Maven like dependency management for browsers

Sébastien Cevey seb.cevey at
Sun Aug 2 12:38:10 UTC 2015

On Fri, 31 Jul 2015 at 11:50 Behrang Saeedzadeh <behrangsa at> wrote:

Hello Behrang,

JSPM and SystemJS, IMHO, are not as elegant as the way Maven (Java) or
> Bundler (Ruby) can manage dependencies.

I am not contesting that, but it's worth describing what qualities of Maven
you're asking for.

> Group ID:
> <>
> Artifact ID: guava
> <>
> Version: 18.0
> <>
> The short form notation is

With JSPM, package descriptors are of the form:

github:theefer/theseus at 0.5.0
npm:theseus at 0.5.0

The descriptor contains the registry resolver (e.g. github, npm, or any
custom one). The package name can contain namespacing, as in the github
example, if the registry supports it. The version is explicited and
supports semver.

Guava itself might depend on other dependencies, but you don't have to
> explicitly require them in your project. As long as you specify you require,
> all its dependencies are added to your project automatically.

JSPM/SystemJS also resolve, install and automatically import a package's
dependencies automatically.

> Most open source libraries are available in the Maven Central repository
> which is enabled by default. Users can additionally specify other
> repositories that Maven should query in order to find libraries with
> specific coordinates.

This is similar to what registries give you in JSPM.

> In SystemJS, baseURL looks similar to the notion of a Maven repository,
> but it is not as elegant: you can't have multiple baseURLs (if I am not
> wrong)

I'm not sure what you mean by that. If you're talking about your example
where you have a list of registries and fallback to the next if a package
isn't found in one, that seems rather like an anti-pattern on the web (esp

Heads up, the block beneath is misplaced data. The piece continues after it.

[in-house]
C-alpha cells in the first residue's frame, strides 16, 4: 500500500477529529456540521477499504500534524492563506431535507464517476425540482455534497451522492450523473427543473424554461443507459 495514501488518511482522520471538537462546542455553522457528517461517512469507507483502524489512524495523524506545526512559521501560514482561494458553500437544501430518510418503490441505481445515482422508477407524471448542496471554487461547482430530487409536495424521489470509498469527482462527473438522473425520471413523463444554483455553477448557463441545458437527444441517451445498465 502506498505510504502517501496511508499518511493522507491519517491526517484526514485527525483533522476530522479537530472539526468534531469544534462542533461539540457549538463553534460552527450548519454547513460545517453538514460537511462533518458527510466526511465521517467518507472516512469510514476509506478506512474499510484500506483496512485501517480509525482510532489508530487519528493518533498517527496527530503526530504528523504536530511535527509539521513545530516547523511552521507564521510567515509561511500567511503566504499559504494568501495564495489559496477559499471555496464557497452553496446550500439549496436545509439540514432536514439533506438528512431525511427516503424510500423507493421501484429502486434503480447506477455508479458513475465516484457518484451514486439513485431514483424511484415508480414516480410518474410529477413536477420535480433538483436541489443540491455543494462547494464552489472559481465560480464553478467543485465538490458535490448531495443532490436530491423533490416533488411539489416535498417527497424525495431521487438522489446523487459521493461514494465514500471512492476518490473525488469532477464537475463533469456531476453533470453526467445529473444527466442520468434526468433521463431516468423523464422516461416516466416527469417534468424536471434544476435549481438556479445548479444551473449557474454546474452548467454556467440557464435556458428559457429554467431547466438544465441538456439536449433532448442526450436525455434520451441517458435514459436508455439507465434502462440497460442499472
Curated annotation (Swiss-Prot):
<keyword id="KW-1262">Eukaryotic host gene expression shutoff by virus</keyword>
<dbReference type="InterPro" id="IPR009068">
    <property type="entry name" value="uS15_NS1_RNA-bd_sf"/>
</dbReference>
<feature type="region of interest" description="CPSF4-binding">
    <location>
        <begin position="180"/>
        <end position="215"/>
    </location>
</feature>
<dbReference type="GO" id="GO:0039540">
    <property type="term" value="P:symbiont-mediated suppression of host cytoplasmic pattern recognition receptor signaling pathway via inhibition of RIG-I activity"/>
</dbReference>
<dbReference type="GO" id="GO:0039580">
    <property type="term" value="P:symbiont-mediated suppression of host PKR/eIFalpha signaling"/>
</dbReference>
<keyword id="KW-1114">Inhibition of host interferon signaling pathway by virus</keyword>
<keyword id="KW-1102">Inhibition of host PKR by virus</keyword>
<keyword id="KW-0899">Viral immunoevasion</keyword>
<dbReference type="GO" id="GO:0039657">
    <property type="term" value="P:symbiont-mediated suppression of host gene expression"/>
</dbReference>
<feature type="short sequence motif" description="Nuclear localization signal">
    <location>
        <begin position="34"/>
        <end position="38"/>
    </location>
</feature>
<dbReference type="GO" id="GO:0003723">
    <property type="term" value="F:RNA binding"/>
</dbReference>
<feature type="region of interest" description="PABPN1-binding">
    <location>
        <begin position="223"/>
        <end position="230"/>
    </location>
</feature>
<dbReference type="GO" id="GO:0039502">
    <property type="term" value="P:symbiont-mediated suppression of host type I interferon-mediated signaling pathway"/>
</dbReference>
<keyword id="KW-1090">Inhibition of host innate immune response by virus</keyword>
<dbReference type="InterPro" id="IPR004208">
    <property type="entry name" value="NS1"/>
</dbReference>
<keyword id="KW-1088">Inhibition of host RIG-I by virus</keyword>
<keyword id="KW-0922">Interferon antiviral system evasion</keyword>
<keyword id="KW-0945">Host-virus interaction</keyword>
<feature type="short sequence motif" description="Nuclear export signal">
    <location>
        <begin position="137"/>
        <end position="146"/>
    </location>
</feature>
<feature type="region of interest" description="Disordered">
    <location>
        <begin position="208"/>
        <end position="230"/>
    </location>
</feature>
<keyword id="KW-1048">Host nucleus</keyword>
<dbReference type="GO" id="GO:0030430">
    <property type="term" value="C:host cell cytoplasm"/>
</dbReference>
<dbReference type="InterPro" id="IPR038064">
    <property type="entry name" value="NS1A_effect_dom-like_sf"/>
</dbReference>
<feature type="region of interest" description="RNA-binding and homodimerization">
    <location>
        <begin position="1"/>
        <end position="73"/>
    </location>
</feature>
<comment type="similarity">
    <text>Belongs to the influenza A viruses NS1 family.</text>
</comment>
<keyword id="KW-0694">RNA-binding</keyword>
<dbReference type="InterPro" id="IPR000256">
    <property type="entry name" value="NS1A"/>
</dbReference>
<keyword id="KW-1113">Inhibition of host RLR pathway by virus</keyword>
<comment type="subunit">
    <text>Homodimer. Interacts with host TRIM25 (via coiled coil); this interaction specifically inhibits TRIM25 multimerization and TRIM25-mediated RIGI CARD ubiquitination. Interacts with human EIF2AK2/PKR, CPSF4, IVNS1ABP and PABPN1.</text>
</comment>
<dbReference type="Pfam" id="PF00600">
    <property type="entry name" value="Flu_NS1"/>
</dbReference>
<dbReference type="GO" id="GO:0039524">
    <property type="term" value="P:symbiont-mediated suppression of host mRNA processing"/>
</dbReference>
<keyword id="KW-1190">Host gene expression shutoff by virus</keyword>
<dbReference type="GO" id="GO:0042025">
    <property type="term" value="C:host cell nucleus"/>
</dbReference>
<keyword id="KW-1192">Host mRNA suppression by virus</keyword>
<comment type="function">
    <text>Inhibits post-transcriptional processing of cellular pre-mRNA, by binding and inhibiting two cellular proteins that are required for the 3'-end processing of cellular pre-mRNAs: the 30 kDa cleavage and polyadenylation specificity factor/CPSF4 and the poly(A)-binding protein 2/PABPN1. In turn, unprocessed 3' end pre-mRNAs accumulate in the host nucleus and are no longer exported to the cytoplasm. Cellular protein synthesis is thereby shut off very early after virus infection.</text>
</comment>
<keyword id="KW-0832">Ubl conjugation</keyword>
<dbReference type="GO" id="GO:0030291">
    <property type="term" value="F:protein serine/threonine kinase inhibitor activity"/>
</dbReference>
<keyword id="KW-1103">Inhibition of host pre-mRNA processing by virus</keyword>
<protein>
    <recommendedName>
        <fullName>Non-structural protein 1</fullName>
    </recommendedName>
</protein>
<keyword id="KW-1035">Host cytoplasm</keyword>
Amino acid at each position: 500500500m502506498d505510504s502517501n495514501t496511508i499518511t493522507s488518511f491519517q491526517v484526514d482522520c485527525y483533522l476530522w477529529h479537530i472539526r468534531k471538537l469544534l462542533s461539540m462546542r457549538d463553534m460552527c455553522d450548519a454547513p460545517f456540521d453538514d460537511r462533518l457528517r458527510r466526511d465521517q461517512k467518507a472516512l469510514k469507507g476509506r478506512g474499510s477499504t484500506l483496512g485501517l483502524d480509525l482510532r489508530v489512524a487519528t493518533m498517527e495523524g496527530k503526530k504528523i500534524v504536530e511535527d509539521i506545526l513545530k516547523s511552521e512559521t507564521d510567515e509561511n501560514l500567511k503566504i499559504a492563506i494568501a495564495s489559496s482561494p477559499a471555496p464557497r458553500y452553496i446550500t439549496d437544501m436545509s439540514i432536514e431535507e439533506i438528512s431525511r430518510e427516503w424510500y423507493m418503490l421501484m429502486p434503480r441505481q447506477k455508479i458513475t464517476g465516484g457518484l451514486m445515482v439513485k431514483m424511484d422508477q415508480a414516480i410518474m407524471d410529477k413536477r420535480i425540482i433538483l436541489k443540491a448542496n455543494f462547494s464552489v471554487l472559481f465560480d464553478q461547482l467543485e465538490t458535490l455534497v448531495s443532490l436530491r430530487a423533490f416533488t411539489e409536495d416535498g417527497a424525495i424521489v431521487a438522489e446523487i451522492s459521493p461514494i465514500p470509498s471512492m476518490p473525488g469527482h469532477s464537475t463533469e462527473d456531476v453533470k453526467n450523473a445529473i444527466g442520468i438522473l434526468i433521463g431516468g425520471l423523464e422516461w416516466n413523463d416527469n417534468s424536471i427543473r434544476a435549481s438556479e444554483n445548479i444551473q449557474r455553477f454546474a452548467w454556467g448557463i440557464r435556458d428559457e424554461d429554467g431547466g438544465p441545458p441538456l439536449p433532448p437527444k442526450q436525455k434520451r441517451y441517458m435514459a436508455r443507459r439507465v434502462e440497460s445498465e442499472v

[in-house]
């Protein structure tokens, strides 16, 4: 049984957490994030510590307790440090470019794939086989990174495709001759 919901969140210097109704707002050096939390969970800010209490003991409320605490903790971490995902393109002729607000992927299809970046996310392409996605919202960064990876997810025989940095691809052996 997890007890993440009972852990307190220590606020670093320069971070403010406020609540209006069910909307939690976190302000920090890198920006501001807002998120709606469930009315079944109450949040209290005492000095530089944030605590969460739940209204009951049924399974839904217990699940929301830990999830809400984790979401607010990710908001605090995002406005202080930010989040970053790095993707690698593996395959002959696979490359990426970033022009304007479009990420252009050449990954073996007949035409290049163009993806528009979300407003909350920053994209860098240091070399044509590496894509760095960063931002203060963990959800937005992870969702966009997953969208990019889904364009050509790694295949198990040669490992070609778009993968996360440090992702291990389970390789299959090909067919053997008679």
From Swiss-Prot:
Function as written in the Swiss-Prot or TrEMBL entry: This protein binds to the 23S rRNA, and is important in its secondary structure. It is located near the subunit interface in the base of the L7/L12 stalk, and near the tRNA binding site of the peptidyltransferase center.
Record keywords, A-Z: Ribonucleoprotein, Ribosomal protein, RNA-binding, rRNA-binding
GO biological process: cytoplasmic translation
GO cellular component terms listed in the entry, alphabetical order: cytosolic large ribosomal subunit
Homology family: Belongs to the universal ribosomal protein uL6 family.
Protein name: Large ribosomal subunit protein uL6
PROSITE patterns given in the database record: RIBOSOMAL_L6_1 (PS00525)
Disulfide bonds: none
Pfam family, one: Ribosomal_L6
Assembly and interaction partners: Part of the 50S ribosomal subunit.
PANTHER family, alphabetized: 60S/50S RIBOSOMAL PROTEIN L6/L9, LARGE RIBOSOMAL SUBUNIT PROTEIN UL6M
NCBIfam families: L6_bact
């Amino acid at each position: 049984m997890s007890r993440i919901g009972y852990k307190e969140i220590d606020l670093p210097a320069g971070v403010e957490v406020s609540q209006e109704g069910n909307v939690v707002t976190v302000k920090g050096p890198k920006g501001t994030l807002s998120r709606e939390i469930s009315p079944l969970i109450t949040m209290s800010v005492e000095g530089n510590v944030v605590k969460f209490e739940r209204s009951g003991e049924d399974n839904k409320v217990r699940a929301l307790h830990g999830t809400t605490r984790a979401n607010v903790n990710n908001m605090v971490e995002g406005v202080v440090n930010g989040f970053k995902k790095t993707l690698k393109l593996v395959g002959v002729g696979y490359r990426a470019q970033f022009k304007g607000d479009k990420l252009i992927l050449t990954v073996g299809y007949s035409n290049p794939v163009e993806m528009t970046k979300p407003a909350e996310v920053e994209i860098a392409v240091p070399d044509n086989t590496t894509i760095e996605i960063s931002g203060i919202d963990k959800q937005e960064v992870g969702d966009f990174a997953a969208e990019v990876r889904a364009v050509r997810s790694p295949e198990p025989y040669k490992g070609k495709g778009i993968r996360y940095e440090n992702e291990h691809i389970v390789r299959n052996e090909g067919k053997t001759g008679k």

if these are going to be calls from your browser).

If it's just about not having to specify which repository contains a given
package, you're right, JSPM requires you to specify that, but it's really
not that much of a burden, and it also makes the resolution more
deterministic and robust given the variety of ways people package even the
same project to different repositories (e.g. AMD/CJS/UMD, build/sources,

> and dependencies are specified relative to the baseURL, not as absolute
> coordinates and not versioned.

Not sure what you mean by that but everything *is* versioned in JSPM and
you can lock the entire dependency tree (something that's less common in
Maven AFAIK).

Versions can be specified either at the top-level config, or even at the
import level, e.g.:

System.import('npm:lodash at 3.10.0').then(function(_) {
  console.log(_.max([1, 2, 3, 4]));

> The call to System.import('com.modernizr:modernizr:2.8.3') will first
> query for com.modernizr:modernizr:2.8.3. If found, it will
> use that, if not it queries and then until
> it finds it or fails.

You may be able to write a custom registry resolver that does something
like that, if you really think that's a good idea.

> Similarly the call to System.import('com.jquery:jquery-ui:1.11.4') will
> do the same thing, but as jquery-ui depends on jquery, it will also
> download that.

That'd already be the case.

> One benefit of this compared to what is already out there is that at the
> moment if Site A uses CDN 1 for loading jQuery v1 and Site B uses CDN 2 for
> the same version of jQuery, the browser has to download both versions. But
> with this approach, as long as both sites depend on com.jquery:jquery-ui:1.11.4
> it only has to be downloaded once.

That's only true if they both happen to provide the list of repositories in
the same order. If not, they would each download jquery-ui from the first
in the list and hence download it twice. The only way to avoid that would
be to lookup if jquery-ui is in the browser cache for any of the
repositories in the list -- obviously this is not allowed by the browser
for security reasons.


PS: this discussion doesn't seem particularly relevant for es-discuss (?),
so if you want to reply it may be best to do so in private to me to avoid
unnecessary noise.


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